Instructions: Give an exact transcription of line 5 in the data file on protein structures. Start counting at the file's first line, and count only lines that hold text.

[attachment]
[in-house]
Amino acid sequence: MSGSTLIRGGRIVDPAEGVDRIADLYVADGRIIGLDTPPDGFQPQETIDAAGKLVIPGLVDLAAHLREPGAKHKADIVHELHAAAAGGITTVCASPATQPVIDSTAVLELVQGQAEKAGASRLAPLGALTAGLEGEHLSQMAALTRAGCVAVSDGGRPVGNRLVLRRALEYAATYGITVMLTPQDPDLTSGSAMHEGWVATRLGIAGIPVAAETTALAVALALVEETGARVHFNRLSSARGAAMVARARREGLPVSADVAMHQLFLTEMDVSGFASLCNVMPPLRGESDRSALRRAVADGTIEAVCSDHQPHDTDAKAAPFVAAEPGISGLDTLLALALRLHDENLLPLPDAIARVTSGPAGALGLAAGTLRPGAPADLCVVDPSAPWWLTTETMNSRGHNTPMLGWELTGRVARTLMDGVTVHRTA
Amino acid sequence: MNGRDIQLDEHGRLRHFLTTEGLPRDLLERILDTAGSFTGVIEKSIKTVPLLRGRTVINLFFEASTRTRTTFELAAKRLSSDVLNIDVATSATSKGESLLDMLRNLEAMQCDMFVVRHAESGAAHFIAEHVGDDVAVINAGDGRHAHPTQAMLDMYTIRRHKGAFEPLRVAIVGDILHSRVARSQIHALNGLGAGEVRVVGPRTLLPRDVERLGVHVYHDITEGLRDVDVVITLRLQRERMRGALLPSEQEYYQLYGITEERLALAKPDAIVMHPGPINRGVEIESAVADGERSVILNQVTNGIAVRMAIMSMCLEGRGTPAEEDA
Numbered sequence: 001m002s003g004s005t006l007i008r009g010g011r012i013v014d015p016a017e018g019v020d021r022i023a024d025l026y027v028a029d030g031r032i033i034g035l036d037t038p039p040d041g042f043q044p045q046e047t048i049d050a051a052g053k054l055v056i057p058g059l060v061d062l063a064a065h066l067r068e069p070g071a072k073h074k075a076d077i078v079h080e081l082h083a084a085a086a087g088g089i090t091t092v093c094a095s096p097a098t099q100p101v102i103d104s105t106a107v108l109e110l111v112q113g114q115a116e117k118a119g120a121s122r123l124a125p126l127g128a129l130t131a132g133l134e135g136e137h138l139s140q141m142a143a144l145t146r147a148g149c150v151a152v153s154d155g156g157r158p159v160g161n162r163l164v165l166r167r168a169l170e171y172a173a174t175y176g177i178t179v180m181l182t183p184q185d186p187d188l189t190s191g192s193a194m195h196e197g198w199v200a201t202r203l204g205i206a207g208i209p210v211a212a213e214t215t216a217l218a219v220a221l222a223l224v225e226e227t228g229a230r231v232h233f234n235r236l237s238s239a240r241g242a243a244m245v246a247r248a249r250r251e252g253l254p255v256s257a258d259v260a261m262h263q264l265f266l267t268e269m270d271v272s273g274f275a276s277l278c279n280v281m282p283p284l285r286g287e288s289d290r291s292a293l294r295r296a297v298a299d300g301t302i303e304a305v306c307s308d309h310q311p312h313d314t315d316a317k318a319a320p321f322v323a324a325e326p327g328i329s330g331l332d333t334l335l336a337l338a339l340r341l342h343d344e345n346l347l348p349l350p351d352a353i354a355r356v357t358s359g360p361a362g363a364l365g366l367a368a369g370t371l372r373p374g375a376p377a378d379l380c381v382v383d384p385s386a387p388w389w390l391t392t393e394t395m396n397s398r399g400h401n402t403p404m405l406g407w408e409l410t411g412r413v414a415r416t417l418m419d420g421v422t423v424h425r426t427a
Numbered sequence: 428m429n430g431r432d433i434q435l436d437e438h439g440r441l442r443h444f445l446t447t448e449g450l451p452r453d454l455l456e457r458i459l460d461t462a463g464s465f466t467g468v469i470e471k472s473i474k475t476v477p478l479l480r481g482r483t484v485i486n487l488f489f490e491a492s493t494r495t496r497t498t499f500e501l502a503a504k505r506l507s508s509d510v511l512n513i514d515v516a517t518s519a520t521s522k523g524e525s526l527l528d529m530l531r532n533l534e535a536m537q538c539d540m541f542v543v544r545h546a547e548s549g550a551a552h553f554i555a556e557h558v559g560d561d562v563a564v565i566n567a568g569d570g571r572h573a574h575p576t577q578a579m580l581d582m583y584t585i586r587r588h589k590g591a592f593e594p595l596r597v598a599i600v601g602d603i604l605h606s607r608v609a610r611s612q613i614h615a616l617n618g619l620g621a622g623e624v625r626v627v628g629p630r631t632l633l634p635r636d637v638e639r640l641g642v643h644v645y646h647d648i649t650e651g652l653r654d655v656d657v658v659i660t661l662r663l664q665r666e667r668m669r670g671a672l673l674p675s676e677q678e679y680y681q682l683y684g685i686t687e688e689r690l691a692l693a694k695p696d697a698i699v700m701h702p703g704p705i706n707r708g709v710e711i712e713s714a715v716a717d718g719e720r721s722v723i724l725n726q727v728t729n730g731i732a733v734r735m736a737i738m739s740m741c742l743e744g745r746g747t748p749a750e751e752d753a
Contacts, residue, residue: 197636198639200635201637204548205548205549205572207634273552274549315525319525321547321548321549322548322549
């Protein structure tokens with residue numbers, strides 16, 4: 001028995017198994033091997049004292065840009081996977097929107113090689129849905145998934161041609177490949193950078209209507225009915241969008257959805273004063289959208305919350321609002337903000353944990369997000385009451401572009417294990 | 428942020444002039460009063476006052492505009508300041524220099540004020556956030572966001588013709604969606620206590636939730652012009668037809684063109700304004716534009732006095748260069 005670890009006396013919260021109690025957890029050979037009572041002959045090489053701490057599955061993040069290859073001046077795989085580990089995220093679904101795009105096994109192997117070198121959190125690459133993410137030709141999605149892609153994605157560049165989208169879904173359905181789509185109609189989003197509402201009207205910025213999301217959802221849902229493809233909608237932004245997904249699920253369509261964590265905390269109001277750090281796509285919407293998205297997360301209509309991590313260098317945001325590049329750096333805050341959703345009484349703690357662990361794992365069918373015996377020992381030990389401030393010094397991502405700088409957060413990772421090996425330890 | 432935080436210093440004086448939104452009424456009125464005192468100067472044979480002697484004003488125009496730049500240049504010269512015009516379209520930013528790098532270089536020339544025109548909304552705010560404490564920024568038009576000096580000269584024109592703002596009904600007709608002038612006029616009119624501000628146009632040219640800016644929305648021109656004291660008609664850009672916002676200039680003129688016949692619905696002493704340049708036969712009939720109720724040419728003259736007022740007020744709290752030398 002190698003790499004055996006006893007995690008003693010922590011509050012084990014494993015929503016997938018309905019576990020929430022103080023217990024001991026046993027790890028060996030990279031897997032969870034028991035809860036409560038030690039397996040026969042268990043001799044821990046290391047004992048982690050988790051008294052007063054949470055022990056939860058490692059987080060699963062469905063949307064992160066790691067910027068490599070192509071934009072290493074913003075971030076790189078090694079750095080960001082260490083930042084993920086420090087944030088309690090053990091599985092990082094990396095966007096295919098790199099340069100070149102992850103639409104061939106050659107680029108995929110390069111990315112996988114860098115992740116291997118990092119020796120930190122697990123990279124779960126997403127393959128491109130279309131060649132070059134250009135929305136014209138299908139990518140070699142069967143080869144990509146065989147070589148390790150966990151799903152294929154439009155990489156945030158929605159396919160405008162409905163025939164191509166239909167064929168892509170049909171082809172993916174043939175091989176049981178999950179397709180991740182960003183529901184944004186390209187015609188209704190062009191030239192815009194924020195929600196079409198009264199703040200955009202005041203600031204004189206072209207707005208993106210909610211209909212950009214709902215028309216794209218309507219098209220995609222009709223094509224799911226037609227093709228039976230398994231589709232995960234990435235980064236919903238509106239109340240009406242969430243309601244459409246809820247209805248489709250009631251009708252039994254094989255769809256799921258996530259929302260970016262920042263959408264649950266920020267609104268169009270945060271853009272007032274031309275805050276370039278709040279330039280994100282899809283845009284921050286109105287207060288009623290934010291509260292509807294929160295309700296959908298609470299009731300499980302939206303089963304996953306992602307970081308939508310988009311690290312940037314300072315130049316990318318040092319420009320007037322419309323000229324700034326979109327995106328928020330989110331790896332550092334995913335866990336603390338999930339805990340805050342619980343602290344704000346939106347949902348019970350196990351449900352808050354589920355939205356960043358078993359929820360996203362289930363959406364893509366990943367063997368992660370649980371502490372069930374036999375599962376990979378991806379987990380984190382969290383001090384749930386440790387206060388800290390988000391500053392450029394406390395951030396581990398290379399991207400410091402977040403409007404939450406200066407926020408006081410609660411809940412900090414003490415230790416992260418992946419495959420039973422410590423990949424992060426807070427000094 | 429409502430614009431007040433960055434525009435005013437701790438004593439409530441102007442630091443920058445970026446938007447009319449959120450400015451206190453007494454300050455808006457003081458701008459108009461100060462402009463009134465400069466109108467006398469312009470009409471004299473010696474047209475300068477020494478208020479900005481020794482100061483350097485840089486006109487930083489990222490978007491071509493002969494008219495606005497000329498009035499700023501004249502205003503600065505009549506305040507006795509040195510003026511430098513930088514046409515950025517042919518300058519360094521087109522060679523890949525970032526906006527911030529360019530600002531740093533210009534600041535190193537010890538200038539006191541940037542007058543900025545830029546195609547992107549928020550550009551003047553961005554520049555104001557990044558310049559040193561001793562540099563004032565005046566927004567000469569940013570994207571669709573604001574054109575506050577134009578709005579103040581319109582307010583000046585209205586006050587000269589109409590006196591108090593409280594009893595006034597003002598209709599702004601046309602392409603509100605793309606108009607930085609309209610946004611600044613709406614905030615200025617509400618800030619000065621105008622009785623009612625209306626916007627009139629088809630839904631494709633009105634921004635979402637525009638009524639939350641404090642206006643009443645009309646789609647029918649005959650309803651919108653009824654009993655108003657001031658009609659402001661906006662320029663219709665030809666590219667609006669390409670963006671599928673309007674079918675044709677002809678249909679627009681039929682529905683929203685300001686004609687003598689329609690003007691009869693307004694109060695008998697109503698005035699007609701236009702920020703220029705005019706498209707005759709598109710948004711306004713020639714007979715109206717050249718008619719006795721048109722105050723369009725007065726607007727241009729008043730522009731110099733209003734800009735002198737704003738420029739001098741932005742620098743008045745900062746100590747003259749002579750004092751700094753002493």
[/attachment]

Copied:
Numbered sequence: 428m429n430g431r432d433i434q435l436d437e438h439g440r441l442r443h444f445l446t447t448e449g450l451p452r453d454l455l456e457r458i459l460d461t462a463g464s465f466t467g468v469i470e471k472s473i474k475t476v477p478l479l480r481g482r483t484v485i486n487l488f489f490e491a492s493t494r495t496r497t498t499f500e501l502a503a504k505r506l507s508s509d510v511l512n513i514d515v516a517t518s519a520t521s522k523g524e525s526l527l528d529m530l531r532n533l534e535a536m537q538c539d540m541f542v543v544r545h546a547e548s549g550a551a552h553f554i555a556e557h558v559g560d561d562v563a564v565i566n567a568g569d570g571r572h573a574h575p576t577q578a579m580l581d582m583y584t585i586r587r588h589k590g591a592f593e594p595l596r597v598a599i600v601g602d603i604l605h606s607r608v609a610r611s612q613i614h615a616l617n618g619l620g621a622g623e624v625r626v627v628g629p630r631t632l633l634p635r636d637v638e639r640l641g642v643h644v645y646h647d648i649t650e651g652l653r654d655v656d657v658v659i660t661l662r663l664q665r666e667r668m669r670g671a672l673l674p675s676e677q678e679y680y681q682l683y684g685i686t687e688e689r690l691a692l693a694k695p696d697a698i699v700m701h702p703g704p705i706n707r708g709v710e711i712e713s714a715v716a717d718g719e720r721s722v723i724l725n726q727v728t729n730g731i732a733v734r735m736a737i738m739s740m741c742l743e744g745r746g747t748p749a750e751e752d753a